The Green Book released by Biden Administration late last month has an unpleasant surprise for wealthy Americans, provisions lurking halfway through a 114-page document released by the U.S. Treasury take aim at Dynasty trusts and Intentionally Defective Grantor trusts (IDGTs). These heavy tax law revisions will make utilizing life insurance as an asset class, most notably Private Split Dollar survivorship, even more valuable to help mitigate potentially massive estate and income taxes.
Private Split Dollar
Split dollar life insurance is not a type of insurance, but an innovative method for dividing the premiums, ownership interests, and benefits of a permanent life insurance policy between two parties. Use of Private Split Dollar to fund life insurance can provide a great alternative to create a significant asset outside your taxable estate with minimal gift and income tax friction. This is accomplished by combining a Private Split Dollar arrangement with a grantor retained annuity trust (GRAT) or installment note sale to an intentionally defective grantor trust (IDGT).
Split Dollar is all about leverage, high-net worth families can loan money without the need to pay gift taxes to create multi-million dollar tax-free Life Insurance asset pools outside their taxable estates and later be repaid for the premiums.
You are financially successful and may be thinking about preserving your wealth for your family’s future. However, the federal government may take more than half of your wealth through the estate tax upon your death. Life insurance, as an estate liquidity tool, may be helpful in wealth transfer planning and can play an important role in creating large asset pools of your wealth across generations.
By splitting your premium, death benefit and cash values between you and your trust through the use of a Private Split Dollar agreement, you may be able to avoid or at least minimize gift taxes and transfer more to your heirs. This allows high-net worth individuals to lend the annual premium to an ILIT instead of making a gift of the premium. Only the economic value of the death benefit is paid by the individual to the trust as a gift each year which may initially represent only a fraction of the premium. Therefore, the gift tax value of the arrangement can be quite low. A Private Split Dollar plan works very much like a personal loan, but with a much lower economic benefit cost instead of a loan interest component.
How It Works:
Your ILIT will own a life insurance policy on the joint lives of you and your spouse. Most policies are structured with guaranteed death benefits with premiums paid over 10, 15 or 20 years. You lend the premium to the trust annually and you also make a gift of the economic value of the death benefit annually to the trust. The economic value, the amount of the gift you are providing the trust annually, is measured using either a government or insurance company rate table that takes into account your attained age as well as the amount of death benefit on the policy.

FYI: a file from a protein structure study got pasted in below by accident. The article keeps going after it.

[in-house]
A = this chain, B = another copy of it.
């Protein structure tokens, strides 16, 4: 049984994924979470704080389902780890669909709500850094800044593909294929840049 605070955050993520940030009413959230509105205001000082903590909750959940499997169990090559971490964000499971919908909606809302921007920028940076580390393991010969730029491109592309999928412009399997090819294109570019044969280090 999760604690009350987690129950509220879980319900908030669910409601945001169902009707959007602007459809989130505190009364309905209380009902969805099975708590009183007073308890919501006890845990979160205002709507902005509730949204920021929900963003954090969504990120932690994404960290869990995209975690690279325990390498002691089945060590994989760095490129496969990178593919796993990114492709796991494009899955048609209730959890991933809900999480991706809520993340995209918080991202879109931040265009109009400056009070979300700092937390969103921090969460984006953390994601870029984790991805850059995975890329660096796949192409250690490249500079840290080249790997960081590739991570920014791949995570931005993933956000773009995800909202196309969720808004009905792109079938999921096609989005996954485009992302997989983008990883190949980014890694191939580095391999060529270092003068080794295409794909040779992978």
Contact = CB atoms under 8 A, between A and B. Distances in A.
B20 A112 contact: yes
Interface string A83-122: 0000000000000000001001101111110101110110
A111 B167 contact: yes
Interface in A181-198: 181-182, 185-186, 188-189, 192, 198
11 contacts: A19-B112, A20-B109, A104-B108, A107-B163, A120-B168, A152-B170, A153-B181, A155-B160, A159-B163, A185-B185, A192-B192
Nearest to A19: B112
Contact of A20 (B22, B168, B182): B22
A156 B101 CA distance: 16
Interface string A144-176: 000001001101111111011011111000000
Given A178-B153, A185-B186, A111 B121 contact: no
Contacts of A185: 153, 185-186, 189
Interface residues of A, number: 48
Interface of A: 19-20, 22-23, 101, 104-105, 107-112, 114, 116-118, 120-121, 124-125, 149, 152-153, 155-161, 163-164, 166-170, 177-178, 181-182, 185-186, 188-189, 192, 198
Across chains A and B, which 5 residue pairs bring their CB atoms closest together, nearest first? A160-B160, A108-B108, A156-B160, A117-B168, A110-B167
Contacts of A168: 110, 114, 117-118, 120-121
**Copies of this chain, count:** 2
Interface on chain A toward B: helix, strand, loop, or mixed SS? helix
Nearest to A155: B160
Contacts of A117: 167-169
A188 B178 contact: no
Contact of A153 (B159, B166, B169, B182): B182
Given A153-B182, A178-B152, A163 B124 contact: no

At death, your estate will receive a portion of the life insurance proceeds equal to the greater of either the policy’s cash value or total premium paid. If the agreement is terminated during your lifetime, you will also receive the amount from the ILIT.
When a survivorship policy insuring both you and your spouse is used in a Private Split Dollar arrangement, the economic benefit costs can be extremely low since the actuarial value of the policy death benefit is based on the joint lives of you and your spouse. Therefore, the gift tax value is significantly discounted. When the split dollar arrangement is terminated, either at death or during your lifetime, the trust must repay the amount owed to you. Since the economic value of the death benefit will increase significantly as you get older, it is important to create a strategy for your trust to repay the loan of premiums to you. The leverage is created by repaying the loan up to 30 years into the future, then the trust can use the appreciated values of gifts or loans that you make over the years.
- A Tax Free Dynasty Trust Asset
- Families can create significant assets outside their taxable estate that are tax free, guaranteed, self completing with minimal use of life time or annual gift exemptions.
- Estate Liquidity
- You may be able to acquire more of the insurance you need for estate liquidity purposes using a Private Split Dollar plan since the gift tax value of the arrangement initially may be significantly lower than it would be if the arrangement was not in place.
- Reduced Gift Tax
- The government or the insurer’s rate tables are used to determine the gift value of the private split dollar arrangement instead of premium, you may incur little or no gift tax initially when annual exclusion gifts are considered.
- Leveraged Annual Exclusion Gifts
- The annual gifts you make to your ILIT are leveraged significantly when life insurance is used.
- This plan requires liquidity since you will be providing a significant portion of the premium.
- Increasing Economic Benefit
- A clear exit strategy should be created at the onset with a limited premium period and repayment of the loan at a future date since the rate table costs, which increase with age, may have significant gift tax implications in later years.
- Estate Taxation of Premium Repayment
- The amount of the collateral assignment repaid at death is included in the taxable estate and may be subject to estate tax. This is eliminated when the loan is repaid in future years.
*M3 Family Office, and M3 Advisory Group do not provide tax or legal advice